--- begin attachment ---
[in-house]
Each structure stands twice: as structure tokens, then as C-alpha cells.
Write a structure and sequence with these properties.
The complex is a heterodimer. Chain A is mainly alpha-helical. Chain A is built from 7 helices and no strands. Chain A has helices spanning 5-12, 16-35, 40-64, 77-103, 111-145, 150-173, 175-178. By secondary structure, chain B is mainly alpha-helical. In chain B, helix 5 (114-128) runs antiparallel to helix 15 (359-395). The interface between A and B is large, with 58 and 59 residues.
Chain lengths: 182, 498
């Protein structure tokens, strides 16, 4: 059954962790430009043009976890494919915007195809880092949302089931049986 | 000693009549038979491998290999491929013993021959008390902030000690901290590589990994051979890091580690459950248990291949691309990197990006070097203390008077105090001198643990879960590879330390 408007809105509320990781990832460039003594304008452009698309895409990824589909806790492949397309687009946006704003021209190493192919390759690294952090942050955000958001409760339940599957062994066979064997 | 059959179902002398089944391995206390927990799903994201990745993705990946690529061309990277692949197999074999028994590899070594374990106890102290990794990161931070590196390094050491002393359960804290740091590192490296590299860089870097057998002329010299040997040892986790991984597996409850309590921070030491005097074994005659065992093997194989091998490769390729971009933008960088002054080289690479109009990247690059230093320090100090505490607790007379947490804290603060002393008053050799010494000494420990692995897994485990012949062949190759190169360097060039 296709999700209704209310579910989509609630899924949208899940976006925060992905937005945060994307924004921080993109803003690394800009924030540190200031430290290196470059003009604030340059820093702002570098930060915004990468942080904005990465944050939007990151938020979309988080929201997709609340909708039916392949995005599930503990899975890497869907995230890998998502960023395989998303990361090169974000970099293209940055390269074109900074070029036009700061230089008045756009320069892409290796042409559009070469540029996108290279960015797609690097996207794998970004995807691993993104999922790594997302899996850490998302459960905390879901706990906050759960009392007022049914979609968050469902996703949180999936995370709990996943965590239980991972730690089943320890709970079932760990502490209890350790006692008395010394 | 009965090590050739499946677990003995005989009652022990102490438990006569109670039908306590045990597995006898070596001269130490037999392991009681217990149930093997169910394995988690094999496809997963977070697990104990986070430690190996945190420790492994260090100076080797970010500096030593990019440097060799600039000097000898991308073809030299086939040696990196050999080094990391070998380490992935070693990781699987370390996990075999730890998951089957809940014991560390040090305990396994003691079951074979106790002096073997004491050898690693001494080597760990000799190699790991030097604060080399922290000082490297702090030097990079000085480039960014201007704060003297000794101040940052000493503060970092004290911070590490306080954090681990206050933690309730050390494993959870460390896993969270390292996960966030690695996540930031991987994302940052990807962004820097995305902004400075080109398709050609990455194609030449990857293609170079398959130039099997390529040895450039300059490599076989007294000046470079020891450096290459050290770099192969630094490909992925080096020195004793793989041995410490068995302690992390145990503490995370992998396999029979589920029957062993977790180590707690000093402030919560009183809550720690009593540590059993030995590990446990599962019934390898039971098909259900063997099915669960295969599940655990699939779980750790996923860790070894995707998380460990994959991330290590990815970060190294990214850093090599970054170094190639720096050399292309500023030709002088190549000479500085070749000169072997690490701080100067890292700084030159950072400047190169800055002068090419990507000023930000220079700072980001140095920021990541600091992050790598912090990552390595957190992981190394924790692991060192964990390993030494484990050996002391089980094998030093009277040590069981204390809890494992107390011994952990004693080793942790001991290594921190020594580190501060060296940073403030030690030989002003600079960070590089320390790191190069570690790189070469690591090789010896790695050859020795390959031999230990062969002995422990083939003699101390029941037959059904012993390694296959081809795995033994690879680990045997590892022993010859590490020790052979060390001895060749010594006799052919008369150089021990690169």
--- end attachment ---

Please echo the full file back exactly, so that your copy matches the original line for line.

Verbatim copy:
[in-house]
Each structure stands twice: as structure tokens, then as C-alpha cells.
Write a structure and sequence with these properties.
The complex is a heterodimer. Chain A is mainly alpha-helical. Chain A is built from 7 helices and no strands. Chain A has helices spanning 5-12, 16-35, 40-64, 77-103, 111-145, 150-173, 175-178. By secondary structure, chain B is mainly alpha-helical. In chain B, helix 5 (114-128) runs antiparallel to helix 15 (359-395). The interface between A and B is large, with 58 and 59 residues.
Chain lengths: 182, 498
């Protein structure tokens, strides 16, 4: 059954962790430009043009976890494919915007195809880092949302089931049986 | 000693009549038979491998290999491929013993021959008390902030000690901290590589990994051979890091580690459950248990291949691309990197990006070097203390008077105090001198643990879960590879330390 408007809105509320990781990832460039003594304008452009698309895409990824589909806790492949397309687009946006704003021209190493192919390759690294952090942050955000958001409760339940599957062994066979064997 | 059959179902002398089944391995206390927990799903994201990745993705990946690529061309990277692949197999074999028994590899070594374990106890102290990794990161931070590196390094050491002393359960804290740091590192490296590299860089870097057998002329010299040997040892986790991984597996409850309590921070030491005097074994005659065992093997194989091998490769390729971009933008960088002054080289690479109009990247690059230093320090100090505490607790007379947490804290603060002393008053050799010494000494420990692995897994485990012949062949190759190169360097060039 296709999700209704209310579910989509609630899924949208899940976006925060992905937005945060994307924004921080993109803003690394800009924030540190200031430290290196470059003009604030340059820093702002570098930060915004990468942080904005990465944050939007990151938020979309988080929201997709609340909708039916392949995005599930503990899975890497869907995230890998998502960023395989998303990361090169974000970099293209940055390269074109900074070029036009700061230089008045756009320069892409290796042409559009070469540029996108290279960015797609690097996207794998970004995807691993993104999922790594997302899996850490998302459960905390879901706990906050759960009392007022049914979609968050469902996703949180999936995370709990996943965590239980991972730690089943320890709970079932760990502490209890350790006692008395010394 | 009965090590050739499946677990003995005989009652022990102490438990006569109670039908306590045990597995006898070596001269130490037999392991009681217990149930093997169910394995988690094999496809997963977070697990104990986070430690190996945190420790492994260090100076080797970010500096030593990019440097060799600039000097000898991308073809030299086939040696990196050999080094990391070998380490992935070693990781699987370390996990075999730890998951089957809940014991560390040090305990396994003691079951074979106790002096073997004491050898690693001494080597760990000799190699790991030097604060080399922290000082490297702090030097990079000085480039960014201007704060003297000794101040940052000493503060970092004290911070590490306080954090681990206050933690309730050390494993959870460390896993969270390292996960966030690695996540930031991987994302940052990807962004820097995305902004400075080109398709050609990455194609030449990857293609170079398959130039099997390529040895450039300059490599076989007294000046470079020891450096290459050290770099192969630094490909992925080096020195004793793989041995410490068995302690992390145990503490995370992998396999029979589920029957062993977790180590707690000093402030919560009183809550720690009593540590059993030995590990446990599962019934390898039971098909259900063997099915669960295969599940655990699939779980750790996923860790070894995707998380460990994959991330290590990815970060190294990214850093090599970054170094190639720096050399292309500023030709002088190549000479500085070749000169072997690490701080100067890292700084030159950072400047190169800055002068090419990507000023930000220079700072980001140095920021990541600091992050790598912090990552390595957190992981190394924790692991060192964990390993030494484990050996002391089980094998030093009277040590069981204390809890494992107390011994952990004693080793942790001991290594921190020594580190501060060296940073403030030690030989002003600079960070590089320390790191190069570690790189070469690591090789010896790695050859020795390959031999230990062969002995422990083939003699101390029941037959059904012993390694296959081809795995033994690879680990045997590892022993010859590490020790052979060390001895060749010594006799052919008369150089021990690169």